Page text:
Abe Sapien may be a fish-man now, but back in Civil War times, he was a human named Langdon Everett Caul, a scientist and occult investigator part of an organization of like-minded men seeking to know the secrets of life itself. Abe doesn't remember anything of his earlier life, but he recently found out about his former life, and now he has decided to look into it.
Apparently the men Abe knew as Caul discovered a 3000 year old mummy, who, when they unwrapped its bandages, was somehow still alive. Now, Abe has just come back from a mission where fellow B.P.R.D. operative, the golem named Roger, sacrificed himself to end a mighty evil. As a result, he is being buried under a fake name in Colorado, in hopes that those who might still wish to steal his body and do something with it are thrown off the track and cannot find him.
Back at base, Liz Sherman is having nightmare apocalyptic visions where Rasputin tells her that she can trust only him, Johann Strauss is delving into the records that remain after the fire that nearly destroyed them all and discovers some unusual information about a current agent of the B.P.R.D, and Captain Benjamin Damio is having some sort of secret procedure to guard against an attack by... something unnamed and probably very horrible. Abe gets a package for himself and finds a cigar case with his old initials on it, containing three very old cigars and a map showing a location in southeast Asia.
Abe and Damio travel to Bangkok, where Caul's old friends now live, carrying on their experiments on a small jungle island. Abe is abducted by one of the men, now in a new, purpose-grown body. The others, who should have been long dead, are now only able to live in a bath of nutrient fluid, carried around in robotic bodies. They have been tinkering with the local wildlife in the effort to understand the secrets of life, aided by the mummy, who they call Naunet, but whose real name is Panya.
Panya is desperate to escape her virtual imprisonment on the island, and to expose the schemes of Caul's former friends. But they tell Abe themselves, eager to have him join in their scheme and thinking he will support them: Since humanity is killing the earth, they will don the new bodies they are growing for themselves and set off a tidal wave that will kill most of the remaining humans. When the dead human souls leave their bodies, they will also be drawn into the new bodies, which are made to house many souls. The men will become the remainder of humanity, embodying the entire race.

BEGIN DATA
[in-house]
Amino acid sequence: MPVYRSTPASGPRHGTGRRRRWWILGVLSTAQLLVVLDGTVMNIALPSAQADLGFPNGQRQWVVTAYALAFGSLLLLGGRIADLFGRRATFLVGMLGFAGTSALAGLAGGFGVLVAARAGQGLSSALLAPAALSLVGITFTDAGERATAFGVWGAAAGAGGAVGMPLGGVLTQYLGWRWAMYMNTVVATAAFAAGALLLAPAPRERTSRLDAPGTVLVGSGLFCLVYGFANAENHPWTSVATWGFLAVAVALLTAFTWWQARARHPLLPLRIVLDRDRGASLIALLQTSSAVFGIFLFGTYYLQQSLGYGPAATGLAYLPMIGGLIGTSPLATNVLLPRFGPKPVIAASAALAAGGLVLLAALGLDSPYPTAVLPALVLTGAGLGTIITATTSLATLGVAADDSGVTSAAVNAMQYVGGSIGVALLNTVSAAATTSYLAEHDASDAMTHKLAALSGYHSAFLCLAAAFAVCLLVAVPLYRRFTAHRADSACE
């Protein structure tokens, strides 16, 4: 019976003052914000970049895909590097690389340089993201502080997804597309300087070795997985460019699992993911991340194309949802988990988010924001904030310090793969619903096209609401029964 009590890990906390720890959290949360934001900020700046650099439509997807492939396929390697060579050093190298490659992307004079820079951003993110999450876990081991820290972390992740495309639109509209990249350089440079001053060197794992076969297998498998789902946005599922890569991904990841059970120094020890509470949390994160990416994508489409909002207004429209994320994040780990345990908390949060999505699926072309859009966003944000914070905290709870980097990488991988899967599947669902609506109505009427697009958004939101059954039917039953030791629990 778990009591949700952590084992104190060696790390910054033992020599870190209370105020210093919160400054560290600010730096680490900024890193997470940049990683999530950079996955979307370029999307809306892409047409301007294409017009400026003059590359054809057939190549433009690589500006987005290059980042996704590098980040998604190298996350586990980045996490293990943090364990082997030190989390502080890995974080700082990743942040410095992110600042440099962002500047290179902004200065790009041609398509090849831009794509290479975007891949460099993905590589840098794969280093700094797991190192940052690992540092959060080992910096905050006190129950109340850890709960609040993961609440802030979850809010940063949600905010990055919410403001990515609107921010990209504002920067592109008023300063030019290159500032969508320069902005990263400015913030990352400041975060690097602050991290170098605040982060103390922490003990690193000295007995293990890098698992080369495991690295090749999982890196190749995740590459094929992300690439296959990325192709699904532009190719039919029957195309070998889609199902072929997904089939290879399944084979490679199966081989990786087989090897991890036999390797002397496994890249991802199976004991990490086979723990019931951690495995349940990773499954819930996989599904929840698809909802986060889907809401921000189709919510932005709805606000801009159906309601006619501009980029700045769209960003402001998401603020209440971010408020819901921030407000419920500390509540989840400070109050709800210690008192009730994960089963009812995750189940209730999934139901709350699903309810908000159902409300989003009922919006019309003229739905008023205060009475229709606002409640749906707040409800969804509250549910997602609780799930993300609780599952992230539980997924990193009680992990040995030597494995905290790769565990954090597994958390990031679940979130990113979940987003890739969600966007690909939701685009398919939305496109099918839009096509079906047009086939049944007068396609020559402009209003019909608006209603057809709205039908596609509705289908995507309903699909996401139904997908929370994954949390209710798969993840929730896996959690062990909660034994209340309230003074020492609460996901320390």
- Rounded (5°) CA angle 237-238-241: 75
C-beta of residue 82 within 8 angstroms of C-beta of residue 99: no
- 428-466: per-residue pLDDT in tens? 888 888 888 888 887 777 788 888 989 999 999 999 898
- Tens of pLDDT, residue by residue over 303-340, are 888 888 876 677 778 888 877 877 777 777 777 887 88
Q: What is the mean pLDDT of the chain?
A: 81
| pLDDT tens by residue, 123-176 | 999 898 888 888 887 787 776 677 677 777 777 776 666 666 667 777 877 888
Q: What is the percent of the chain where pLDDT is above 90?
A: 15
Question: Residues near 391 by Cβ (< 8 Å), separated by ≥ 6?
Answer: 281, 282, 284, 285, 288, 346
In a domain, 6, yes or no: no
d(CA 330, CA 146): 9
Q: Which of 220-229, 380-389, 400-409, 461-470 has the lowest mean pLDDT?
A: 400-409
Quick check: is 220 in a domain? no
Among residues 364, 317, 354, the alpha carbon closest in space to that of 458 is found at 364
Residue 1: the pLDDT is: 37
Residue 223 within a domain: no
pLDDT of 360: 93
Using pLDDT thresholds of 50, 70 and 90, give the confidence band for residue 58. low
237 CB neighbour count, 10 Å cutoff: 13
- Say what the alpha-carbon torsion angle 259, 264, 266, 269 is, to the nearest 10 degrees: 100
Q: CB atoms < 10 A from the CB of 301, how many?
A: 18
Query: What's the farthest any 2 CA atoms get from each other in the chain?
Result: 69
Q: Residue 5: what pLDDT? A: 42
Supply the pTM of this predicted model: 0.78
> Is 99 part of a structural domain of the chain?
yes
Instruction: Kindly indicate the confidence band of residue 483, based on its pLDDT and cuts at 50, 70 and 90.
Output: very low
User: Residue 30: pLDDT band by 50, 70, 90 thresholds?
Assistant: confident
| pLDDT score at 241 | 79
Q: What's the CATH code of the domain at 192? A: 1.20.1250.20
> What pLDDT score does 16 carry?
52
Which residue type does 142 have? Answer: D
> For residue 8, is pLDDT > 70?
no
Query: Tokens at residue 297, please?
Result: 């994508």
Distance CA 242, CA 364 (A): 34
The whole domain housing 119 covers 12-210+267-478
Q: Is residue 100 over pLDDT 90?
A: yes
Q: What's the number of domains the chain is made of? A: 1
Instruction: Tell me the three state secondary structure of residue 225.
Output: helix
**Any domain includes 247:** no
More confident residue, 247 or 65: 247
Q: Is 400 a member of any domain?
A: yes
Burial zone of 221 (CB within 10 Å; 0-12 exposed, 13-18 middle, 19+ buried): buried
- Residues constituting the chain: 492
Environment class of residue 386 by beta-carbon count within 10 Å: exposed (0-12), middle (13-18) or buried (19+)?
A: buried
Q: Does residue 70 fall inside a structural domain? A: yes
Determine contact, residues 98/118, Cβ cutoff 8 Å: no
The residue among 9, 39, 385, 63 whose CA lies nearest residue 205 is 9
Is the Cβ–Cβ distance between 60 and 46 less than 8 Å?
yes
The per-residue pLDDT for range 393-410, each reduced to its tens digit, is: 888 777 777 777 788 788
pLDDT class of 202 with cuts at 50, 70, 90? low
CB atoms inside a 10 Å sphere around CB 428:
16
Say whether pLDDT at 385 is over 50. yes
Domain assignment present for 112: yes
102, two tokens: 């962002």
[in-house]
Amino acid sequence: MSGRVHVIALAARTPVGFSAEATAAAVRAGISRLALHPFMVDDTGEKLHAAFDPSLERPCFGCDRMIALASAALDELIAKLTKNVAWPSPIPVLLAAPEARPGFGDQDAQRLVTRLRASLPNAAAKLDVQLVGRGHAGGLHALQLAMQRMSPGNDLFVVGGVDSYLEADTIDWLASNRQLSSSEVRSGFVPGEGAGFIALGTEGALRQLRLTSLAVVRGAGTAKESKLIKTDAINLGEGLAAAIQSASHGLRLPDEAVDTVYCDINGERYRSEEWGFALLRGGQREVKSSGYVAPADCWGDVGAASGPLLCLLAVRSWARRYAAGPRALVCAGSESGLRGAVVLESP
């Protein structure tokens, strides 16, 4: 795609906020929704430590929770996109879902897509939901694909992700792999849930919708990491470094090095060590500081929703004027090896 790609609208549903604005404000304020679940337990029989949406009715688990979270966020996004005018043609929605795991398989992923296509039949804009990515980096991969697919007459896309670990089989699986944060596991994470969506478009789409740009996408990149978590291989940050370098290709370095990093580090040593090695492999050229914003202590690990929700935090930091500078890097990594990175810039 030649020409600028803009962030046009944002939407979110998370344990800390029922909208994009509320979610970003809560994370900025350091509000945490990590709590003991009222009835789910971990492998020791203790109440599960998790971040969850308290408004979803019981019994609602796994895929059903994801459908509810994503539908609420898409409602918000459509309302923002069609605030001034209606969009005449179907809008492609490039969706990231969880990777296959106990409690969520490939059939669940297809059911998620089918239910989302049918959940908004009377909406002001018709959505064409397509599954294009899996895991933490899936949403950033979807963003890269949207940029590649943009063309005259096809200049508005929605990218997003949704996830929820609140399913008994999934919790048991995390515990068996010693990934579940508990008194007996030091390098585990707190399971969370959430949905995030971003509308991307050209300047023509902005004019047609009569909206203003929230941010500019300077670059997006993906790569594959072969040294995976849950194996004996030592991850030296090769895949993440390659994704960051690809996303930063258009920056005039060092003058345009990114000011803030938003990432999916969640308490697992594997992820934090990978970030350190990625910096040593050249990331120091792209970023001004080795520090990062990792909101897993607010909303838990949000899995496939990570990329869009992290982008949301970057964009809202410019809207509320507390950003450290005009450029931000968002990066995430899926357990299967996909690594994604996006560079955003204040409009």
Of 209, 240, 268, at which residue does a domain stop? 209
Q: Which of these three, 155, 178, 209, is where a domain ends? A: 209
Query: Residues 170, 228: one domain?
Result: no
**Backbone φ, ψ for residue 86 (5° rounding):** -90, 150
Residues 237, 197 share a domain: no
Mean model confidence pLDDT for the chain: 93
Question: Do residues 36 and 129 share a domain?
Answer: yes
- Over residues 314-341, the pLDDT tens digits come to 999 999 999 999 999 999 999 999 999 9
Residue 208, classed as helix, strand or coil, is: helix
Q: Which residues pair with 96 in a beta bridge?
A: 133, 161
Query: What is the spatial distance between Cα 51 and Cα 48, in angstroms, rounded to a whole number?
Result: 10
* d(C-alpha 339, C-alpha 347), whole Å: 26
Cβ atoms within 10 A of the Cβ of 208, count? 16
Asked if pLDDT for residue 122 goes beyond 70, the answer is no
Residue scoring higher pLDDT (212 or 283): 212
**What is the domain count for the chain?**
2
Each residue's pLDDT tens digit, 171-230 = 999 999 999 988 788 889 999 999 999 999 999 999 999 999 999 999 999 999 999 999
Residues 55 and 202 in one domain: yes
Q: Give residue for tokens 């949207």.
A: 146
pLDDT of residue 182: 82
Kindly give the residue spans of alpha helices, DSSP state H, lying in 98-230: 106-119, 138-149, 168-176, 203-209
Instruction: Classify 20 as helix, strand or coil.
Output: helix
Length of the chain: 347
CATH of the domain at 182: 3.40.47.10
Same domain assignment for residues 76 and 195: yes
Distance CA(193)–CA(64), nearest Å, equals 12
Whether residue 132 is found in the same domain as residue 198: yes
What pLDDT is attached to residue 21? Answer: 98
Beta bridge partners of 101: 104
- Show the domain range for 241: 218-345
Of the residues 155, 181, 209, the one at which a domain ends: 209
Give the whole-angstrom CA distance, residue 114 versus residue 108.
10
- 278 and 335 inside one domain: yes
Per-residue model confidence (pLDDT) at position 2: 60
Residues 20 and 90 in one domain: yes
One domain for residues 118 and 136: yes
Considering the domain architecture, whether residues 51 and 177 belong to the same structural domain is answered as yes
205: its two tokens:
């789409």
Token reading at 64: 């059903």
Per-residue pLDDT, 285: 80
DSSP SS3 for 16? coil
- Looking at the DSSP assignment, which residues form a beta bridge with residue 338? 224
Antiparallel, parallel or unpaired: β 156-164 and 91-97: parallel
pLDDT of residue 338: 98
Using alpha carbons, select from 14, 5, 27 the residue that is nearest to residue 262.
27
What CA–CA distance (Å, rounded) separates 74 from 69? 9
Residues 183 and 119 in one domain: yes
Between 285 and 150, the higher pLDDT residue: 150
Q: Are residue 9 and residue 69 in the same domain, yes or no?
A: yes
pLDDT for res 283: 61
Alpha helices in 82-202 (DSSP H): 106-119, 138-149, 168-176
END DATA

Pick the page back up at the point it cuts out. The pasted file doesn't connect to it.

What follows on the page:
Abe is appalled at their plan, and makes it clear to them. But they have already set their plans in motion, with 35 huge bombs set in place around the pacific rim. Can Damio, separated from Abe and with the help of a little retarded girl possessed by Panya, find the bombs and neutralize them before Caul's former friends decide to unleash their plan early?
Mike Mignola has a very unique style of artwork also uniquely suited to the types of stories he tells, which tend to be full of dark plots and strange organic-techno machines that look as though they were the product of some long-hidden strange race from the mists of pre-history. That artwork is fully allowed to shine in B.P.R.D., which used to be Hellboy, but since Hellboy quit, has become the playground of the "lesser lights" from the roster.
This story really focusses on Abe, and we finally learn a bit more about how Langston Edward Caul became Abe Sapien, and why he was discovered underneath an old hospital with the date of Abe Lincoln's assassination on his tube.
Anyone who reads this comic expecting it to be just like the Hellboy movies will be in for a big surprise. Liz doesn't like Hellboy, she likes Abe, and Johann Strauss, just introduced in the second movie, has never met Hellboy, as he joined the B.P.R.D. after Hellboy left. His appearance is quite a bit different from the movie as well, and his powers are different also.
This is a great graphic novel and can stand alone quite well. It does help to have read all the Hellboy and B.P.R.D. books before this one, however, to understand who Roger was and how he died, and where Liz's visions are coming from. Even without that, this remains a superior book and superior story, and the art is dark and scary and outstandingly outré.